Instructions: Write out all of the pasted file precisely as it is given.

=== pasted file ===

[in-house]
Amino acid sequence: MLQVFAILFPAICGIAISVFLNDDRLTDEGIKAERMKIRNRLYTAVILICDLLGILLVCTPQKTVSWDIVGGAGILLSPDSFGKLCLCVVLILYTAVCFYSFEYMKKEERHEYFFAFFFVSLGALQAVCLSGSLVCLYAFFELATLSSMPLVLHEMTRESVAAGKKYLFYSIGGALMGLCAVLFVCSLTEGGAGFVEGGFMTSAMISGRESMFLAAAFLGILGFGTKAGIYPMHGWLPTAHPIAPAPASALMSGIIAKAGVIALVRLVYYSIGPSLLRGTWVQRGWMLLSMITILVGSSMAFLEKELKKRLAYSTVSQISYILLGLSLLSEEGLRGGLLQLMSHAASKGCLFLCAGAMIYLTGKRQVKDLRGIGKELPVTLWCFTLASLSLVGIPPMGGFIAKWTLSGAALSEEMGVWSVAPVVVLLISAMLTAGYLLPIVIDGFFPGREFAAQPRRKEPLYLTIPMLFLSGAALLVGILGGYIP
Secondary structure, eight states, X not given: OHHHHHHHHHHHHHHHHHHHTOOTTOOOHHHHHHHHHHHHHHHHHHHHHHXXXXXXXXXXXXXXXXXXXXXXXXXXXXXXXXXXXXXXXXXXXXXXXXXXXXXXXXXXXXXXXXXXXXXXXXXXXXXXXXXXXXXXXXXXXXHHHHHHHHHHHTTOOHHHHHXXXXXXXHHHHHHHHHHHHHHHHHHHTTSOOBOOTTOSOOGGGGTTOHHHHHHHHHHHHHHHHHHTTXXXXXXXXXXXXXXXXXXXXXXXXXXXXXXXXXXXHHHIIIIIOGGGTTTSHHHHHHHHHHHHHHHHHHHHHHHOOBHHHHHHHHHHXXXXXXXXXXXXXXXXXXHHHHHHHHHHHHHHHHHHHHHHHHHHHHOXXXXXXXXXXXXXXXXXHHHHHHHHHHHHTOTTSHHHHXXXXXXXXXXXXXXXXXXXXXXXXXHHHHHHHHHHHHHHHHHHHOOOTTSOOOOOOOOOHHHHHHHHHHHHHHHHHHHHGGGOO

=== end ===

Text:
[in-house]
Amino acid sequence: MLQVFAILFPAICGIAISVFLNDDRLTDEGIKAERMKIRNRLYTAVILICDLLGILLVCTPQKTVSWDIVGGAGILLSPDSFGKLCLCVVLILYTAVCFYSFEYMKKEERHEYFFAFFFVSLGALQAVCLSGSLVCLYAFFELATLSSMPLVLHEMTRESVAAGKKYLFYSIGGALMGLCAVLFVCSLTEGGAGFVEGGFMTSAMISGRESMFLAAAFLGILGFGTKAGIYPMHGWLPTAHPIAPAPASALMSGIIAKAGVIALVRLVYYSIGPSLLRGTWVQRGWMLLSMITILVGSSMAFLEKELKKRLAYSTVSQISYILLGLSLLSEEGLRGGLLQLMSHAASKGCLFLCAGAMIYLTGKRQVKDLRGIGKELPVTLWCFTLASLSLVGIPPMGGFIAKWTLSGAALSEEMGVWSVAPVVVLLISAMLTAGYLLPIVIDGFFPGREFAAQPRRKEPLYLTIPMLFLSGAALLVGILGGYIP
Secondary structure, eight states, X not given: OHHHHHHHHHHHHHHHHHHHTOOTTOOOHHHHHHHHHHHHHHHHHHHHHHXXXXXXXXXXXXXXXXXXXXXXXXXXXXXXXXXXXXXXXXXXXXXXXXXXXXXXXXXXXXXXXXXXXXXXXXXXXXXXXXXXXXXXXXXXXXHHHHHHHHHHHTTOOHHHHHXXXXXXXHHHHHHHHHHHHHHHHHHHTTSOOBOOTTOSOOGGGGTTOHHHHHHHHHHHHHHHHHHTTXXXXXXXXXXXXXXXXXXXXXXXXXXXXXXXXXXXHHHIIIIIOGGGTTTSHHHHHHHHHHHHHHHHHHHHHHHOOBHHHHHHHHHHXXXXXXXXXXXXXXXXXXHHHHHHHHHHHHHHHHHHHHHHHHHHHHOXXXXXXXXXXXXXXXXXHHHHHHHHHHHHTOTTSHHHHXXXXXXXXXXXXXXXXXXXXXXXXXHHHHHHHHHHHHHHHHHHHOOOTTSOOOOOOOOOHHHHHHHHHHHHHHHHHHHHGGGOO